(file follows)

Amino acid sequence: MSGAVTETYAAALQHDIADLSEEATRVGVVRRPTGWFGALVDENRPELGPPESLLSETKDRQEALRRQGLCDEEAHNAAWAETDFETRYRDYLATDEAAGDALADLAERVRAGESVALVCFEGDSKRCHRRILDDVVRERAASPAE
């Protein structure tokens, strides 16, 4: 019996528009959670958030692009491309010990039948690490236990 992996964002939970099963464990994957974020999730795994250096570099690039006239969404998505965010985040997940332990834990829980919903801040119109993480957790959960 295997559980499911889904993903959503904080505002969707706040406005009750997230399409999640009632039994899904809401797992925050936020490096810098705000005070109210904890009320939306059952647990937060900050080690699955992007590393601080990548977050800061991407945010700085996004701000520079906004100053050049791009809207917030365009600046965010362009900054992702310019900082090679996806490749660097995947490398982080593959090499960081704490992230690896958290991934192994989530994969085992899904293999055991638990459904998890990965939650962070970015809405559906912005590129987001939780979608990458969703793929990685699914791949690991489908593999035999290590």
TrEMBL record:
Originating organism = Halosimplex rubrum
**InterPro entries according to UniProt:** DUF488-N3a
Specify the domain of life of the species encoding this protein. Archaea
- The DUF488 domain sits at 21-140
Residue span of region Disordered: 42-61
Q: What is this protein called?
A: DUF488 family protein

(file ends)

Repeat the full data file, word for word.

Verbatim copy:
Amino acid sequence: MSGAVTETYAAALQHDIADLSEEATRVGVVRRPTGWFGALVDENRPELGPPESLLSETKDRQEALRRQGLCDEEAHNAAWAETDFETRYRDYLATDEAAGDALADLAERVRAGESVALVCFEGDSKRCHRRILDDVVRERAASPAE
């Protein structure tokens, strides 16, 4: 019996528009959670958030692009491309010990039948690490236990 992996964002939970099963464990994957974020999730795994250096570099690039006239969404998505965010985040997940332990834990829980919903801040119109993480957790959960 295997559980499911889904993903959503904080505002969707706040406005009750997230399409999640009632039994899904809401797992925050936020490096810098705000005070109210904890009320939306059952647990937060900050080690699955992007590393601080990548977050800061991407945010700085996004701000520079906004100053050049791009809207917030365009600046965010362009900054992702310019900082090679996806490749660097995947490398982080593959090499960081704490992230690896958290991934192994989530994969085992899904293999055991638990459904998890990965939650962070970015809405559906912005590129987001939780979608990458969703793929990685699914791949690991489908593999035999290590």
TrEMBL record:
Originating organism = Halosimplex rubrum
**InterPro entries according to UniProt:** DUF488-N3a
Specify the domain of life of the species encoding this protein. Archaea
- The DUF488 domain sits at 21-140
Residue span of region Disordered: 42-61
Q: What is this protein called?
A: DUF488 family protein